I’ve never played Risk before, but Andrew loves it and since I’m devoted to him I decided to give it a try. For years we’ve been pitted against each other in our game playing—scrabble, dominoes, fluxx, what-have-you—but last night we divided into teams. Andrew and I played on the same team. It was interesting to get to work together instead of against each other.
Andrew let me place half of our countries—I swear it took me like ten minutes to read the name on the card and then find the country on the map. Andrew finished his half in like 20 seconds…
We didn’t end up winning, but we did take out Nacia and Hayley. For their consolation prize they got to place a game piece where the ruins of the Titanic are. Or, at least where we guessed they were/are. Our map isn’t exactly to scale and we have fun countries like “Wastern United States,” “Ukranine,” and “Gongo,” so if it isn’t exactly where the Titanic lies, it’s close enough according to our map.
While we were playing we got to chatting about some of the things we want to do while we’re still here. Most of us will be gone by the fall, except for Aden, who will be staying on for his last semester. Jaehee is leaving him to start dental school at Tufts in Boston—she’s basically a genius—he’ll catch up with her when he finishes his program. Nacia and Hayley are in limbo like us but will most likely be moving on to do…something…
I mentioned that I wanted to dress in authentic Egyptian garb: abaya, niqab, gloves. Everything.
I just think it would be interesting to become invisible to prying eyes for a minute, to escape from being a “foreigner” and, alternatively, to see just how hot it really is under all those layers. I want to take out my camera and snap pictures at will just to see if people will still yell at me. I want to ride on the metro without half the passengers staring at me. And I just want to see what it’s like.
Nacia, Jaehee, and Hayley quickly jumped on board and we decided to make a day out of it—we’d all procure abayat and nuqub and then we’d choose a day and head out on the town together.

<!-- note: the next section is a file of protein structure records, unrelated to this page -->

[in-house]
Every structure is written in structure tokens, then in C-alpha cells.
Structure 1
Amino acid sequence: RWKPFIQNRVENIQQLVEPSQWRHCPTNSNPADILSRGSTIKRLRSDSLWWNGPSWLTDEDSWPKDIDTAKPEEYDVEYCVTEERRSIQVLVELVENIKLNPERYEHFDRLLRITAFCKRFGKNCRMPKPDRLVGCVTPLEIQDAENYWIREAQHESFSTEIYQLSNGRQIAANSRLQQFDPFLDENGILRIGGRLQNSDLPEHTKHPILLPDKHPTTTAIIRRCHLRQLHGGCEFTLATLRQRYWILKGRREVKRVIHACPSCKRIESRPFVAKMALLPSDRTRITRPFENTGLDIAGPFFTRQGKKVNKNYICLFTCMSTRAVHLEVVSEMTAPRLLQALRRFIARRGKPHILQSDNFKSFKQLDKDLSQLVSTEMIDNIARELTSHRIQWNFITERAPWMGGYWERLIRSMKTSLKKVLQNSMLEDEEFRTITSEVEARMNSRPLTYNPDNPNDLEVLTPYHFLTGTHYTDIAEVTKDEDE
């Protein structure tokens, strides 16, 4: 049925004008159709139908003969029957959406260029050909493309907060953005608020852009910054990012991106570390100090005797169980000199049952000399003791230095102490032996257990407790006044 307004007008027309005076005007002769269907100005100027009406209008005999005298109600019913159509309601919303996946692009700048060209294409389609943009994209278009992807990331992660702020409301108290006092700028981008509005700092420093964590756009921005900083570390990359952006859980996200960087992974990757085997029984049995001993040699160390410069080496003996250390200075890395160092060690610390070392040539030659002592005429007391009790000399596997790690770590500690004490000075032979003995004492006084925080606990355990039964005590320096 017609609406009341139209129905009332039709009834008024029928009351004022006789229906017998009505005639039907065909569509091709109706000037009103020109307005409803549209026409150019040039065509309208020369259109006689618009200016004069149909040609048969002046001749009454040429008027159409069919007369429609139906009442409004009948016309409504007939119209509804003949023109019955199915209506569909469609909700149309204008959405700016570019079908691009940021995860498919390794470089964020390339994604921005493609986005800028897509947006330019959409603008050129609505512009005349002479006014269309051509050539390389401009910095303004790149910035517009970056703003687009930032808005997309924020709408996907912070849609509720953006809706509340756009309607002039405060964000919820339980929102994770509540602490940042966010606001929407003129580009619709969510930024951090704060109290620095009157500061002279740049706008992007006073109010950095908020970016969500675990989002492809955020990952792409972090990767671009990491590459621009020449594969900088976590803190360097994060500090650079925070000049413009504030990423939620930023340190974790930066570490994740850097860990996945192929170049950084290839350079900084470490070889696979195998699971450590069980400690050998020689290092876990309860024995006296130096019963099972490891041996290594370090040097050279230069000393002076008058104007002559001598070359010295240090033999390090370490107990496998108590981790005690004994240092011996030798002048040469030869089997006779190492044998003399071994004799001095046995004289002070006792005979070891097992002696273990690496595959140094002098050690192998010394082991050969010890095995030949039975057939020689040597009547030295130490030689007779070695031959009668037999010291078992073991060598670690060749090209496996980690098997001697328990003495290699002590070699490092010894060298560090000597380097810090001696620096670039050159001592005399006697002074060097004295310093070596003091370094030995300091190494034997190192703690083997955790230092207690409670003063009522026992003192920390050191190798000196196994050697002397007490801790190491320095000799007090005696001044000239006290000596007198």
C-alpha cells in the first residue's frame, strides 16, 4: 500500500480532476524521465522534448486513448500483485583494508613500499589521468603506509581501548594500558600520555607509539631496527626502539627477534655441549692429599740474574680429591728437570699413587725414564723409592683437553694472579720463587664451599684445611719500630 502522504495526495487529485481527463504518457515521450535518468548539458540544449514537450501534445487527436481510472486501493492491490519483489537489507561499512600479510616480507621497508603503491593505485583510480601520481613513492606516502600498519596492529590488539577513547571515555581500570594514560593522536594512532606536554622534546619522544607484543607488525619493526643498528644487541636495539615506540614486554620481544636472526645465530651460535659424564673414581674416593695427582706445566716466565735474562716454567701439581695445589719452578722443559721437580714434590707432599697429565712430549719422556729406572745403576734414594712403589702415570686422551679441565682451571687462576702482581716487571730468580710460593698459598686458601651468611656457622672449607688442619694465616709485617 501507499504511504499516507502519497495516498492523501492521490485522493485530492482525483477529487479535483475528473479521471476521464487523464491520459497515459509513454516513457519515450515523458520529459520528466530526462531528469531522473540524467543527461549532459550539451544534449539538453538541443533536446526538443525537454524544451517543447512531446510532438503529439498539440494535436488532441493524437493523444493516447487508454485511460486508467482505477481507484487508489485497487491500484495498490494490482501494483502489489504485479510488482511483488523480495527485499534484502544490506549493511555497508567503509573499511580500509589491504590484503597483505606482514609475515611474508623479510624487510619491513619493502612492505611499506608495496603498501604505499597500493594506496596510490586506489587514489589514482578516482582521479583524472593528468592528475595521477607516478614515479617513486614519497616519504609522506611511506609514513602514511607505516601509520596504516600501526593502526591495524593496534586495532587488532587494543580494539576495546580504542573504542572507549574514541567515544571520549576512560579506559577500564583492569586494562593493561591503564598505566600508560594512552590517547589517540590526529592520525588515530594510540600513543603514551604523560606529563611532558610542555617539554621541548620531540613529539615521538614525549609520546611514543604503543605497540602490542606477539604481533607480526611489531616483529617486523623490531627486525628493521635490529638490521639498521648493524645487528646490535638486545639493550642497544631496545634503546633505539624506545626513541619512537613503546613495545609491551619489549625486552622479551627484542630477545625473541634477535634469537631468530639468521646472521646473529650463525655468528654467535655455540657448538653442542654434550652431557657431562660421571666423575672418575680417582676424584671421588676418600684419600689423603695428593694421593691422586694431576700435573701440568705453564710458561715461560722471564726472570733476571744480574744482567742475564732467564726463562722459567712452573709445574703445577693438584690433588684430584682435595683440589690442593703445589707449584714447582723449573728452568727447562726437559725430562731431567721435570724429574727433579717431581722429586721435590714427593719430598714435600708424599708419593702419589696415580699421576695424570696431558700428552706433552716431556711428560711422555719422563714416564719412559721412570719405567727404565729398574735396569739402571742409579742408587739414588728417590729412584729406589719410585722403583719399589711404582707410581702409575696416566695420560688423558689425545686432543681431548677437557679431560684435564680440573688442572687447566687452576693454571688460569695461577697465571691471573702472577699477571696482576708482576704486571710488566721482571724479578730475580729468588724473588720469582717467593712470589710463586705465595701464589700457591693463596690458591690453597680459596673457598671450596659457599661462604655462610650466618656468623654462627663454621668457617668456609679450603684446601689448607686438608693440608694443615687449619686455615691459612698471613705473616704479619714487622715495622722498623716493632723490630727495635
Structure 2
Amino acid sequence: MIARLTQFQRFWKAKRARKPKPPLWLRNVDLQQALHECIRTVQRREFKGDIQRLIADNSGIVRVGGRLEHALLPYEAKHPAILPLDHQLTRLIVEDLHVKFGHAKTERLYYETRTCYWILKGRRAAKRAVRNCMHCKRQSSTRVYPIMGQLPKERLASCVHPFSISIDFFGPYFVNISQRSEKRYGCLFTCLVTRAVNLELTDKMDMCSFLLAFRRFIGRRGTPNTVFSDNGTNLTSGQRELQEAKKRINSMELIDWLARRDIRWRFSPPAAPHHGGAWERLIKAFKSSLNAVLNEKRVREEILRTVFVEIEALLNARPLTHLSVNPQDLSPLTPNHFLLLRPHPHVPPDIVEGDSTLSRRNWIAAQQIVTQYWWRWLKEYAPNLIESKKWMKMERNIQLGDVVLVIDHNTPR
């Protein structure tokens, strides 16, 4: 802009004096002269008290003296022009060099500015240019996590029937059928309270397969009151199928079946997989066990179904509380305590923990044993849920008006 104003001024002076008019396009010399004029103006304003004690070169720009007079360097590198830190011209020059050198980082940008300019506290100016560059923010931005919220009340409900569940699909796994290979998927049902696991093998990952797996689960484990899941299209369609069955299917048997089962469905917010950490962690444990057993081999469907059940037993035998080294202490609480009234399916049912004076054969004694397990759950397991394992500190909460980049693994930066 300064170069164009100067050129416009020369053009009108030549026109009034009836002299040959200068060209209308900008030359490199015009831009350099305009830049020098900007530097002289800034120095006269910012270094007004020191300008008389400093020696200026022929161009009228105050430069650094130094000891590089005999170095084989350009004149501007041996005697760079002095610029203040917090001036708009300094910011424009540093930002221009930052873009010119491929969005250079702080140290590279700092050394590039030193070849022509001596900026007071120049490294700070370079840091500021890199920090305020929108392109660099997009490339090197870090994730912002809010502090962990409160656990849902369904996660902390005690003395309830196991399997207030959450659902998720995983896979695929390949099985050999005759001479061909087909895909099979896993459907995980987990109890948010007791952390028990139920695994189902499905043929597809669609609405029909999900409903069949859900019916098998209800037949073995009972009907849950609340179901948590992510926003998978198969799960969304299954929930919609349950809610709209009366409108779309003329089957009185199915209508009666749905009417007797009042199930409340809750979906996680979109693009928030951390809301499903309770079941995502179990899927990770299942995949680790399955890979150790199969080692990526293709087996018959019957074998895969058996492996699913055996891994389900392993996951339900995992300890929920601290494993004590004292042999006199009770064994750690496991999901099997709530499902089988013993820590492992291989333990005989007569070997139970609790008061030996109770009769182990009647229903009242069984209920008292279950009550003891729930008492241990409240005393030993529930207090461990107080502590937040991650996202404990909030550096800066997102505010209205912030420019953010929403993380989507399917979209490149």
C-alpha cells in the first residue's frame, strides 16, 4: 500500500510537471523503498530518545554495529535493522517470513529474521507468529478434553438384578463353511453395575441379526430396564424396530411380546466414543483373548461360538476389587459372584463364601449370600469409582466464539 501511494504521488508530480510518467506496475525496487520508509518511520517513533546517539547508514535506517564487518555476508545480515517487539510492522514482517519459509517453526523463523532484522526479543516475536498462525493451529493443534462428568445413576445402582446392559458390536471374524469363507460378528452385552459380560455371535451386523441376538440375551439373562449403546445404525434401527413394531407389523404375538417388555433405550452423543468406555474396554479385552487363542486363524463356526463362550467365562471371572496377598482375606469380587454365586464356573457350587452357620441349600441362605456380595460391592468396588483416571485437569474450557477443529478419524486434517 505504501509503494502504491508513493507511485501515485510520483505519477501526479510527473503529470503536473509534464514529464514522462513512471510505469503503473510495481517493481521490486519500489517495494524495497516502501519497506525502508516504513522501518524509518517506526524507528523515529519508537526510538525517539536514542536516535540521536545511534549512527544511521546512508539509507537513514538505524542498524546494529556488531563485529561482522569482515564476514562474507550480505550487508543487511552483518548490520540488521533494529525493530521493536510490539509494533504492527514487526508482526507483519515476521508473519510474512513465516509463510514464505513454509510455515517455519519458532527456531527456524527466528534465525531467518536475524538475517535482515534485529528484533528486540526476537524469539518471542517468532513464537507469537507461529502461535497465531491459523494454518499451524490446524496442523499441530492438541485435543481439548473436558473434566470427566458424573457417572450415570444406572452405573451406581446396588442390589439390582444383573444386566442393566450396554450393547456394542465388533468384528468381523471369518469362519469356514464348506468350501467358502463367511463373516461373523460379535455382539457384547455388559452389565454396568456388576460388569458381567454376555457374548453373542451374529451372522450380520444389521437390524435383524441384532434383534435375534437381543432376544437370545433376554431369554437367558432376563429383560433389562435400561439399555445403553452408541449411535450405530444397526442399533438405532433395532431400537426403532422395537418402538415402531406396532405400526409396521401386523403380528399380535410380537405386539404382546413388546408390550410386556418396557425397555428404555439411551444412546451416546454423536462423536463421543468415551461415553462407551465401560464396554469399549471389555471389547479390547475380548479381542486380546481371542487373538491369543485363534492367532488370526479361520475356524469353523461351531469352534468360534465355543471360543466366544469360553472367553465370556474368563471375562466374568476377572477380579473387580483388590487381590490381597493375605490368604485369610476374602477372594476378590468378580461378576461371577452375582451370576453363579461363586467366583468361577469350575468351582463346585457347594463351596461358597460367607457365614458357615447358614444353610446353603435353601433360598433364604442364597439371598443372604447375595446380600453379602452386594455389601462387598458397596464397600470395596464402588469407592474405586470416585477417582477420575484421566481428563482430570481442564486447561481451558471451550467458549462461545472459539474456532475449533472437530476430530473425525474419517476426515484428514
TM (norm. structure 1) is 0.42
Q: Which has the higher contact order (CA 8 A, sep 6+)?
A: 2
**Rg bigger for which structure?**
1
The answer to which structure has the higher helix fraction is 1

This afternoon Hayley, Jaehee, and I began to make our plans come to pass by heading to Dar es-Salaam to look at abayat.
I found one abaya that I liked a lot and asked the store owner how much it was. He told me it was 150 LE, which was far too expensive for my taste. We left his shop and poked around a bit further down the alley and noticed rack after rack after rack of abayat labeled ٣٥.
That’s 35 LE!
We marched back to the first store we went into and I rifled through the dresses until I found one that had a price tag.
“How much is this one?” I asked the owner.
“That one is also 150 LE. All my abayat are 150 LE.”
“But this,” I said, showing him the tag, “Says it is only 35 LE.”
“That’s not a real price tag.”
“Yes, it is.”
“No, it’s not.”
“Yes, it is.”
“Look, some dresses are 35 LE. If you want a cheap dress, you can go and pay for a cheap dress. But my dresses are quality. They are more expensive.”
After a few more minutes of getting no where I said goodbye to that pretty dress and left to find another decent dress. One that didn’t have too many glittering sequins or neon feathers or anything like that. I found one and paid my 35 LE.
Then we went to a shop next door to buy a niqab. The young boy running that shop was so patient with us while we tried to communicate with him. My niqab cost 17.50, which was alright. We tried to barter him down but he insisted that was the actual “local” price and if he went any lower he would get in trouble from his boss.